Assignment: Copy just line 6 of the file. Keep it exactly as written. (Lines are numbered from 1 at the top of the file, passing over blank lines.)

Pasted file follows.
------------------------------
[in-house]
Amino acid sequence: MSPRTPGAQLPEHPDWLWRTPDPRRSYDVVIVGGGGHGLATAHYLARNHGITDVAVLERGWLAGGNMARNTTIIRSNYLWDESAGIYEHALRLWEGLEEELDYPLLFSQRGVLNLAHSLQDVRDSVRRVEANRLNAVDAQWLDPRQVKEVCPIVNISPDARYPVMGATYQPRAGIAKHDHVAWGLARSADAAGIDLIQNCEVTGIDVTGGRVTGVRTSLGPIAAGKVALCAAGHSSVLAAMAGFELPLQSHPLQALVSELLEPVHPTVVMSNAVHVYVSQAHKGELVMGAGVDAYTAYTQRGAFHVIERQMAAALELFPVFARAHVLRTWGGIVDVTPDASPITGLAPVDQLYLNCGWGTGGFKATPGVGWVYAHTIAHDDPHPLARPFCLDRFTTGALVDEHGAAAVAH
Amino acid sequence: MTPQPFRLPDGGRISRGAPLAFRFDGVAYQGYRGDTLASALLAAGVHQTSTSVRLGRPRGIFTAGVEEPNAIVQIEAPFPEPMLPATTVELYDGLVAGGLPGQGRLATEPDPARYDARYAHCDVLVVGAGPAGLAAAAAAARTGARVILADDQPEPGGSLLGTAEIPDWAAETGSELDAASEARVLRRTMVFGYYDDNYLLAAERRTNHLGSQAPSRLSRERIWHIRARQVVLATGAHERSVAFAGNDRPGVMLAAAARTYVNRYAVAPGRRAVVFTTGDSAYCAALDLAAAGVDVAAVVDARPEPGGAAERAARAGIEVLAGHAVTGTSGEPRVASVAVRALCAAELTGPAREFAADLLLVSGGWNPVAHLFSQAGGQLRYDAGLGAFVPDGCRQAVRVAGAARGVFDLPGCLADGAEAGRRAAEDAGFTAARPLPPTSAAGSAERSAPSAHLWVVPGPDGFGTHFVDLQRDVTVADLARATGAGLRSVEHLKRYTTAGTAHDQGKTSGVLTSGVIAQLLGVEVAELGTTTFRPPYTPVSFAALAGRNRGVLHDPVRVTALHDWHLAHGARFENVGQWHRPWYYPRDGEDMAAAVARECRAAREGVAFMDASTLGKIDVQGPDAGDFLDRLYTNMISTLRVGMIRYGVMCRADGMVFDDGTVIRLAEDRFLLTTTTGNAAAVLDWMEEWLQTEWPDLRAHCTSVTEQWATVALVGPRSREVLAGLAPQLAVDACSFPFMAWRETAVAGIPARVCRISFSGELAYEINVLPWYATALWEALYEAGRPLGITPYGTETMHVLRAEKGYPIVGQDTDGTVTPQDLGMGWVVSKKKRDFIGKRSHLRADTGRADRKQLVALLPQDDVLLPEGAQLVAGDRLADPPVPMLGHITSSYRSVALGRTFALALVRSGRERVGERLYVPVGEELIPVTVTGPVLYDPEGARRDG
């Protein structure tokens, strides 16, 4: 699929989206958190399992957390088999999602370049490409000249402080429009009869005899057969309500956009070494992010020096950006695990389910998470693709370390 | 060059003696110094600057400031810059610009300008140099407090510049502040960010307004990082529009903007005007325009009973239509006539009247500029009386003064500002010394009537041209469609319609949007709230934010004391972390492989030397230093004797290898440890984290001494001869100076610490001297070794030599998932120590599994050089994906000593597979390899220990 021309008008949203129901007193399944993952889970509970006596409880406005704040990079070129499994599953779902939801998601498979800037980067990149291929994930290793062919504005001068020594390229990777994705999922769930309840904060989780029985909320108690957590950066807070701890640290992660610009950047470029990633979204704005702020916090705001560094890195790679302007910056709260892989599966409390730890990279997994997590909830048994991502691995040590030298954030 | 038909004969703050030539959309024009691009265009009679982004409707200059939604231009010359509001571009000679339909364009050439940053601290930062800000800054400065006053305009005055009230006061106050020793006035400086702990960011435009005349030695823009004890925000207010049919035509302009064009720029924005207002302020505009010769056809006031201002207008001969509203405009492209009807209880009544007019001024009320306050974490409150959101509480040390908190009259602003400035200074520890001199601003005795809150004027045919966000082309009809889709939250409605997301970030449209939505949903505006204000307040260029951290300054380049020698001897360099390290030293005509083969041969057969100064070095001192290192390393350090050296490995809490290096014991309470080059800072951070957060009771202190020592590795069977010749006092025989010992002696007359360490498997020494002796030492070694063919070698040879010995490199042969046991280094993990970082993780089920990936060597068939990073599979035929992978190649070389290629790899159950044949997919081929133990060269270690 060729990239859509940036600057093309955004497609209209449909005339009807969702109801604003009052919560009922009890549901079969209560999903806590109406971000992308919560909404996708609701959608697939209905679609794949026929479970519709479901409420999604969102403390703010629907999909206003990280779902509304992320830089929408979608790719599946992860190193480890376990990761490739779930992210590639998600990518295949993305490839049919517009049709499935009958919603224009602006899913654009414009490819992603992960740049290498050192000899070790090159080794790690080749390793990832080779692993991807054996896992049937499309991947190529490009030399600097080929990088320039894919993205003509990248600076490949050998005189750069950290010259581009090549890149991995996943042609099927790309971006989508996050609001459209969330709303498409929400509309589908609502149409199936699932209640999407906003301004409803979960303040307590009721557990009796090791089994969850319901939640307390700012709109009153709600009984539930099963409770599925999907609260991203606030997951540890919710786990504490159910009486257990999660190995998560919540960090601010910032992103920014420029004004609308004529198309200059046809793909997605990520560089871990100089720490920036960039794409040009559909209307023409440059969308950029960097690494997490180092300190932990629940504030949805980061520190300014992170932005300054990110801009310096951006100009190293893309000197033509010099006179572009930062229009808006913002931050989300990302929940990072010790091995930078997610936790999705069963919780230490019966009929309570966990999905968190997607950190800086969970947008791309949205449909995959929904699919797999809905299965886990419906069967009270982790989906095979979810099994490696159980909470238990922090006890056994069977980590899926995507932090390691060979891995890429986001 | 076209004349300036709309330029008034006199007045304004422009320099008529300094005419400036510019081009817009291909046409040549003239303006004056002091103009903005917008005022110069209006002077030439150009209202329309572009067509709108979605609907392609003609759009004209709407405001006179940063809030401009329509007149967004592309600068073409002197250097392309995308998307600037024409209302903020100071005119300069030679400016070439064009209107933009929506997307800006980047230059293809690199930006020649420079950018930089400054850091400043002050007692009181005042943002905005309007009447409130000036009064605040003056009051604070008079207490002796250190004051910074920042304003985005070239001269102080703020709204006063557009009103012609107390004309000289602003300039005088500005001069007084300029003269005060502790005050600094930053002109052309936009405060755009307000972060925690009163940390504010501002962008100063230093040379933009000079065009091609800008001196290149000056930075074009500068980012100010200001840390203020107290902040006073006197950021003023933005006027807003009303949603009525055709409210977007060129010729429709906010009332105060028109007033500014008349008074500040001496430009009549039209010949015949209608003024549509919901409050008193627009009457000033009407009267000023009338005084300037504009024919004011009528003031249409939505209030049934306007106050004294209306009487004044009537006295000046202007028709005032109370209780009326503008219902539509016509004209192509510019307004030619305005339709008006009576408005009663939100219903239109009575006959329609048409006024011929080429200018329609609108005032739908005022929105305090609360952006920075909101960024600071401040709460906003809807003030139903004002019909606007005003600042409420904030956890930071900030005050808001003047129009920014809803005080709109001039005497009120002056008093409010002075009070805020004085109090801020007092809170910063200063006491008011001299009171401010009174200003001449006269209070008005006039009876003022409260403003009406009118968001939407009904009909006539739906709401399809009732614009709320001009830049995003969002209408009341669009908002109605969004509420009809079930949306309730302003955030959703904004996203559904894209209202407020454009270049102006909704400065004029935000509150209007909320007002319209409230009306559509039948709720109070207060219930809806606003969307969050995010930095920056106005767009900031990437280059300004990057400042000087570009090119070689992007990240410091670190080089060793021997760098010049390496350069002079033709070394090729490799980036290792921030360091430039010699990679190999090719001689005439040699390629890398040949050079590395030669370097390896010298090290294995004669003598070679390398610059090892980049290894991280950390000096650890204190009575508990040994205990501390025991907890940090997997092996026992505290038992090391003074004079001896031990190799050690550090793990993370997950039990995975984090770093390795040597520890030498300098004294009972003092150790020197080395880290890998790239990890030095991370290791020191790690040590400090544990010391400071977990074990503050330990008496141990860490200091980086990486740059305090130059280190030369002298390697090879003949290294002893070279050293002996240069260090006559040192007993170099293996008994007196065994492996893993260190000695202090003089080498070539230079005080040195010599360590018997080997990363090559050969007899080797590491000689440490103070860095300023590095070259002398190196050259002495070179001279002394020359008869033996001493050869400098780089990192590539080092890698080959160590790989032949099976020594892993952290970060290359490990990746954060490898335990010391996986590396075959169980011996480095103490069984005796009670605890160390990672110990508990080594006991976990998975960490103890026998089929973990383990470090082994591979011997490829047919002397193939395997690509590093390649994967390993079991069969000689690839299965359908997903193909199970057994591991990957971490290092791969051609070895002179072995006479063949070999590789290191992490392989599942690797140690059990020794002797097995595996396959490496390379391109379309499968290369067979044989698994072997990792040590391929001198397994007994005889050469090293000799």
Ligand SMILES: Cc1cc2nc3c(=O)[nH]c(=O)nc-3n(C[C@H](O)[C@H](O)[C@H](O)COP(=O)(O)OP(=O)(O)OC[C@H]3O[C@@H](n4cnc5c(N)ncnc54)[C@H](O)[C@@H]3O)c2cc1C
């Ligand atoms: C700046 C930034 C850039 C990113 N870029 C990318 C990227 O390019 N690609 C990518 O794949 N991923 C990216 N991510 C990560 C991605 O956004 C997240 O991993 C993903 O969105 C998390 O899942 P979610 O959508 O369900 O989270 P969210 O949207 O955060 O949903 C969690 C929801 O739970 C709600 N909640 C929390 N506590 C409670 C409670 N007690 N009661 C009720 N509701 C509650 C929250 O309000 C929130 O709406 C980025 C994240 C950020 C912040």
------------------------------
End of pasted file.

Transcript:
């Ligand atoms: C700046 C930034 C850039 C990113 N870029 C990318 C990227 O390019 N690609 C990518 O794949 N991923 C990216 N991510 C990560 C991605 O956004 C997240 O991993 C993903 O969105 C998390 O899942 P979610 O959508 O369900 O989270 P969210 O949207 O955060 O949903 C969690 C929801 O739970 C709600 N909640 C929390 N506590 C409670 C409670 N007690 N009661 C009720 N509701 C509650 C929250 O309000 C929130 O709406 C980025 C994240 C950020 C912040």